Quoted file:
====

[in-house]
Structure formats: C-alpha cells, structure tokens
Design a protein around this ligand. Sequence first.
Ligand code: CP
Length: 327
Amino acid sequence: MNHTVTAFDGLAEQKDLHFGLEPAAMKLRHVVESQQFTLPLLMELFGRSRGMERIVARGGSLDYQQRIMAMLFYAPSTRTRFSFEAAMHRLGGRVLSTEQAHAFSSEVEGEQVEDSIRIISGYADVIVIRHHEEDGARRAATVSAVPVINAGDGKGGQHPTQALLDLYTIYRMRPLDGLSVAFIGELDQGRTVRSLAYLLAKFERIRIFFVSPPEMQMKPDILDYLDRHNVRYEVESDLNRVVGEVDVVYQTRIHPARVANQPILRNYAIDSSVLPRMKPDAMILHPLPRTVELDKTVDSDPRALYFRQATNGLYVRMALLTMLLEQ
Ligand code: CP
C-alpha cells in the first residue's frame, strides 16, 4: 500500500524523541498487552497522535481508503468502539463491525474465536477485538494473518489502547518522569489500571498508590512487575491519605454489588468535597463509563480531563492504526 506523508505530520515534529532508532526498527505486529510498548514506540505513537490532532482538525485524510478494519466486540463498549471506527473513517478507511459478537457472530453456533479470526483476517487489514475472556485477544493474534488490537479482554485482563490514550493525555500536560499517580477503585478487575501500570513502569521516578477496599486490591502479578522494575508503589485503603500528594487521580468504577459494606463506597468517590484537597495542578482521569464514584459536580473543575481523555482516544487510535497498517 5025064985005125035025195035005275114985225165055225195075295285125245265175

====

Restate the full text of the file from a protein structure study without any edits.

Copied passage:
[in-house]
Structure formats: C-alpha cells, structure tokens
Design a protein around this ligand. Sequence first.
Ligand code: CP
Length: 327
Amino acid sequence: MNHTVTAFDGLAEQKDLHFGLEPAAMKLRHVVESQQFTLPLLMELFGRSRGMERIVARGGSLDYQQRIMAMLFYAPSTRTRFSFEAAMHRLGGRVLSTEQAHAFSSEVEGEQVEDSIRIISGYADVIVIRHHEEDGARRAATVSAVPVINAGDGKGGQHPTQALLDLYTIYRMRPLDGLSVAFIGELDQGRTVRSLAYLLAKFERIRIFFVSPPEMQMKPDILDYLDRHNVRYEVESDLNRVVGEVDVVYQTRIHPARVANQPILRNYAIDSSVLPRMKPDAMILHPLPRTVELDKTVDSDPRALYFRQATNGLYVRMALLTMLLEQ
Ligand code: CP
C-alpha cells in the first residue's frame, strides 16, 4: 500500500524523541498487552497522535481508503468502539463491525474465536477485538494473518489502547518522569489500571498508590512487575491519605454489588468535597463509563480531563492504526 506523508505530520515534529532508532526498527505486529510498548514506540505513537490532532482538525485524510478494519466486540463498549471506527473513517478507511459478537457472530453456533479470526483476517487489514475472556485477544493474534488490537479482554485482563490514550493525555500536560499517580477503585478487575501500570513502569521516578477496599486490591502479578522494575508503589485503603500528594487521580468504577459494606463506597468517590484537597495542578482521569464514584459536580473543575481523555482516544487510535497498517 5025064985005125035025195035005275114985225165055225195075295285125245265175